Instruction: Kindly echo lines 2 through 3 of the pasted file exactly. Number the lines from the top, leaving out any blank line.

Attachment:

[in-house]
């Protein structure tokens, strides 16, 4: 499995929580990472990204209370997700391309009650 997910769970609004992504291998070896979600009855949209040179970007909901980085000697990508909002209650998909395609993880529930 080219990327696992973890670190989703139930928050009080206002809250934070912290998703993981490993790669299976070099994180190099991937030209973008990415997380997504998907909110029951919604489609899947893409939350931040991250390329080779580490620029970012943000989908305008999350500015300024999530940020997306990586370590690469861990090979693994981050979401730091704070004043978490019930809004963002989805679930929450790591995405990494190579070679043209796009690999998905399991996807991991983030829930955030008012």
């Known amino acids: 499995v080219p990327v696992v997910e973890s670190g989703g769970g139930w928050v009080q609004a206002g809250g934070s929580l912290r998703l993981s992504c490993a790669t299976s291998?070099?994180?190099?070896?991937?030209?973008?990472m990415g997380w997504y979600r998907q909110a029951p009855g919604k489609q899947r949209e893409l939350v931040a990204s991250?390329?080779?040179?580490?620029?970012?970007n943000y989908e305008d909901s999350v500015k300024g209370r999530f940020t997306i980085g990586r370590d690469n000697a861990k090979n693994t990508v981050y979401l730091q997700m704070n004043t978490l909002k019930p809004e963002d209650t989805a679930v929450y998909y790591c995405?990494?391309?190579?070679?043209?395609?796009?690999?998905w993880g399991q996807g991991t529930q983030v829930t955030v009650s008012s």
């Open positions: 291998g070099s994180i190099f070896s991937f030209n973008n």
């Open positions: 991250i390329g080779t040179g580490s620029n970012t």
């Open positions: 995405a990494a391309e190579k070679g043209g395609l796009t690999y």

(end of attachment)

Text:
């Protein structure tokens, strides 16, 4: 499995929580990472990204209370997700391309009650 997910769970609004992504291998070896979600009855949209040179970007909901980085000697990508909002209650998909395609993880529930 080219990327696992973890670190989703139930928050009080206002809250934070912290998703993981490993790669299976070099994180190099991937030209973008990415997380997504998907909110029951919604489609899947893409939350931040991250390329080779580490620029970012943000989908305008999350500015300024999530940020997306990586370590690469861990090979693994981050979401730091704070004043978490019930809004963002989805679930929450790591995405990494190579070679043209796009690999998905399991996807991991983030829930955030008012």
């Known amino acids: 499995v080219p990327v696992v997910e973890s670190g989703g769970g139930w928050v009080q609004a206002g809250g934070s929580l912290r998703l993981s992504c490993a790669t299976s291998?070099?994180?190099?070896?991937?030209?973008?990472m990415g997380w997504y979600r998907q909110a029951p009855g919604k489609q899947r949209e893409l939350v931040a990204s991250?390329?080779?040179?580490?620029?970012?970007n943000y989908e305008d909901s999350v500015k300024g209370r999530f940020t997306i980085g990586r370590d690469n000697a861990k090979n693994t990508v981050y979401l730091q997700m704070n004043t978490l909002k019930p809004e963002d209650t989805a679930v929450y998909y790591c995405?990494?391309?190579?070679?043209?395609?796009?690999?998905w993880g399991q996807g991991t529930q983030v829930t955030v009650s008012s």